The Poet Mustn’t Be a Lone Wolf – Malika Booker on the Power of Poetry and Poetic Community at UEA Live
Written for UEA Live by Perla Kantarjian
On the eve of November 17th, in the crest of the fall season, the moon was waxing, and the crisp Norwich air was ripe with the autumnal power of change. Wonderfully fusing into that atmosphere, UEA Live hosted its final event of the season with a woman that so fiercely yet delicately epitomises the power of change, movement, and transformation— writer, poet, playwright, and multidisciplinary artist Malika Booker.
The function commenced with a warm introduction by K.R Moorhead, Co-Director of UEA Live, and despite there not being any ribbon-cutting, the mood inside Lecture Theatre 1 had a spirited and ceremonious tide, which left us all hanging on to Booker’s every articulation.
In centre stage, Booker was interviewed by Molly Naylor— writer, poet, performer and UEA scriptwriting alumni turned lecturer, whose every figment of conversation addressed to the star of the evening was crafted with genuine fascination, esteem, with a perfect balance of wit as a cherry on top of an already-delightful eve.
In the limelight of the UEA Live talk was Too Young, Too Loud, Too Different (2021), the first anthology to be released from Malika’s Poetry Kitchen (aka MPK, aka Kitchen), a thriving writers’ collective founded in 2001 by Booker herself and acclaimed poet Roger Robinson in the former’s Brixton kitchen, every Friday.
As attendees of the talk, we got inside information on how Kitchen first spontaneously came into light from Booker herself: ‘My friend Roger Robinson and I were in a writing development course together, and it was so wonderful,’ Booker said.
‘We got so much information about poetry, writing, reading, and then it finished— afterwards, I was in my kitchen talking to Roger, and I said: “we should have things like this with food!” to which he replied, “let’s do it.” So, when shall we start? He said next week. Where? He said, “right here in your house!”’
And indeed, it happened. The next week, the two writers invited a lot of writers, but only 1 person showed up. The following week, however, more people started coming, and the next, even more. It was all happening.
‘We wanted to create a safe space where writers could be vulnerable, could build community, could develop their writing, and be open to feedback that’s honest and true,’ Booker explained, adding that most importantly, ‘[we] wanted writers to find their own, individual voice away from the boundaries of the establishment. We wanted them to discover what truth it is that they want to tell.’
As Booker puts it, Kitchen was a place for working-class writers, LGBTQ writers, writers of colour, writers who didn’t have other spaces where they could develop their craft.
Now, 20 years later, the lively, London-based writing community has inspired similar Kitchen models to be set up worldwide, from Chicago to Delhi, creating an international MPK family, with dynamic and profound sessions on the craft of writing being led by members of the collective, as well as renowned guest poets from the UK and beyond.
For myself as a writer, in addition to understanding the story behind the ground-breaking anthology and the history of Kitchen, attending the enlivening UEA Live session with Booker unfurled a new vista and understanding of the beauty of belonging in a poetic community.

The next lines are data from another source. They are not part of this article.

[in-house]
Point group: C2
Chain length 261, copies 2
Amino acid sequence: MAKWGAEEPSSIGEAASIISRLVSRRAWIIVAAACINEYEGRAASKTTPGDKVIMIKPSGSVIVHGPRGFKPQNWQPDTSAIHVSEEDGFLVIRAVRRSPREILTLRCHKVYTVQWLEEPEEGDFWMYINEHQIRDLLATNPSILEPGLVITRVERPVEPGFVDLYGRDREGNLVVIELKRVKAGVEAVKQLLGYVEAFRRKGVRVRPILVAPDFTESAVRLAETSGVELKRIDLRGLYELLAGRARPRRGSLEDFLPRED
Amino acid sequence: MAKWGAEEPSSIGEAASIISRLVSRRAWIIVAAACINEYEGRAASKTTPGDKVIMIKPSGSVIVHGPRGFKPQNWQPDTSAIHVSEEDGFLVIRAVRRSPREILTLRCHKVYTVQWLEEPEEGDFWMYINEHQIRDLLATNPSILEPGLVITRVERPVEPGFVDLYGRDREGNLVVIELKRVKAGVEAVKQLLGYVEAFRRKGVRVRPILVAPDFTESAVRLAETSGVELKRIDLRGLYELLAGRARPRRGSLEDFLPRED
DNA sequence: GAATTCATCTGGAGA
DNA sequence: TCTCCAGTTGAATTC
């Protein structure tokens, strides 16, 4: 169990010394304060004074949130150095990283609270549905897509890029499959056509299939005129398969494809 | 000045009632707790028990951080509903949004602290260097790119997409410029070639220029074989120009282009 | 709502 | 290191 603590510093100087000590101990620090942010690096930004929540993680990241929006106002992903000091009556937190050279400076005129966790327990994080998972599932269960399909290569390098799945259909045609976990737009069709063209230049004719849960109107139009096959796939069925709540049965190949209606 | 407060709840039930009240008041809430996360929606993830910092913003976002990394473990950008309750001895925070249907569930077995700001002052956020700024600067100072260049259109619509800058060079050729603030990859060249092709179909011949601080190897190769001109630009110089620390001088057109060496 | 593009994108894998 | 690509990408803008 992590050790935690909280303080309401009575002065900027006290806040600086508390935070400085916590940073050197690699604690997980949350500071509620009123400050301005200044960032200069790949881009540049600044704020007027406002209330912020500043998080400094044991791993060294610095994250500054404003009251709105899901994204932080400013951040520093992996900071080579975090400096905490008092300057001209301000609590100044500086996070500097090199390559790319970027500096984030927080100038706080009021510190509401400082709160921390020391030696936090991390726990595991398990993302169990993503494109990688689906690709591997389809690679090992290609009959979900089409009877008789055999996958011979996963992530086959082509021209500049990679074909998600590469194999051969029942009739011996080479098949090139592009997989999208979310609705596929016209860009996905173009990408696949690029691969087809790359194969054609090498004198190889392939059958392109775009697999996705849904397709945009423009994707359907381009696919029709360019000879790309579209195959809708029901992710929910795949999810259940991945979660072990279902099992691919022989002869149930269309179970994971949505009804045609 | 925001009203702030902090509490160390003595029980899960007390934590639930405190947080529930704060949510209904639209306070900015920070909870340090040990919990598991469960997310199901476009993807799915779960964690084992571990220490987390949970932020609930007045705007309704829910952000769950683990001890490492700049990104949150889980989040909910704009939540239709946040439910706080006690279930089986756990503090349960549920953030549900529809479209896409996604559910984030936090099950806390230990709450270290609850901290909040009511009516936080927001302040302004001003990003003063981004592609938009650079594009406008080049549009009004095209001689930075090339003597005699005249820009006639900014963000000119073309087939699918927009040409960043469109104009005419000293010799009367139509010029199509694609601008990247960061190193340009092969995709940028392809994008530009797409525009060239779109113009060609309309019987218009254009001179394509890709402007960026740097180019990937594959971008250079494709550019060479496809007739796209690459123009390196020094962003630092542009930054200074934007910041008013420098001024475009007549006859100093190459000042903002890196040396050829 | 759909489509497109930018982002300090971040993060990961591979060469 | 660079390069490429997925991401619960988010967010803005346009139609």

For Booker, the notion of writers as ‘lone wolves’ does not strike true. In her words, writers need to belong in a community, they need people to advocate for them, to hear them, and in return, the writer must do the same and support and invest in others of the same society.
To boot, Booker’s perspective on the power of poets and poetry to affect change most certainly infused me, along with all the creatives in that high-spirited room, with a resurrected spark for that powerful form of literature we feel called to.
It is always different to hear about the ways of the writing world from momentous writers themselves, and getting to hear Booker, epitome of an inspirational figure in contemporary literature, share her advice to aspiring poets was a gripping (and much needed!) reminder: ‘First of all, you need to pat yourself on the back’, she said. ‘Out of all the things in the scheme of writing, you’ve decided to be a poet; and that’s a big step in itself and that says it’s a passion; and I believe in investing in your passion.’
Among her pieces of advice for poets in-the-making were the following: ‘Read as much as you can, write as much as you can. Don’t write for the prizes, the magazines, write your own truth. Cultivate bodies, cultivate a community, find your people, and keep at it. It’s not an easy space to be in, but when you get to the point you want to reach, you’ll discover how poetry is something much more spiritual and powerful beyond creating a book.’
Through the past two decades, Malika’s Poetry Kitchen has ushered in a new generation of voices, launching some of the most exciting writers, books, and influential initiatives in the poetry of the British landscape.
Too Young, Too Loud, Too Different celebrates Kitchen’s far-reaching legacy. The collection features sixty-five breath taking new poems by Warsan Shire, Inua Ellams, Kayo Chingonyi, Dean Atta, Roger Robinson, Malika Booker among many others, a few of which were beautifully read by Booker during the UEA Live talk.
In addition to the striking poetry, the collection also offers readers personal insight into the history of the Kitchen through “The Secret Knock” by author Daniel Kramb, and “Eighteen Steps to Starting Your Own Poetry Collective”, the headlines of which were read by Booker.
Perla Kantarjian is a Lebanese-Armenian writer, editor, and journalist, with her writings appearing in over thirty publications worldwide. She is currently pursuing her MA in Creative Writing (Poetry) at UEA as the 2021 Sonny Mehta scholar.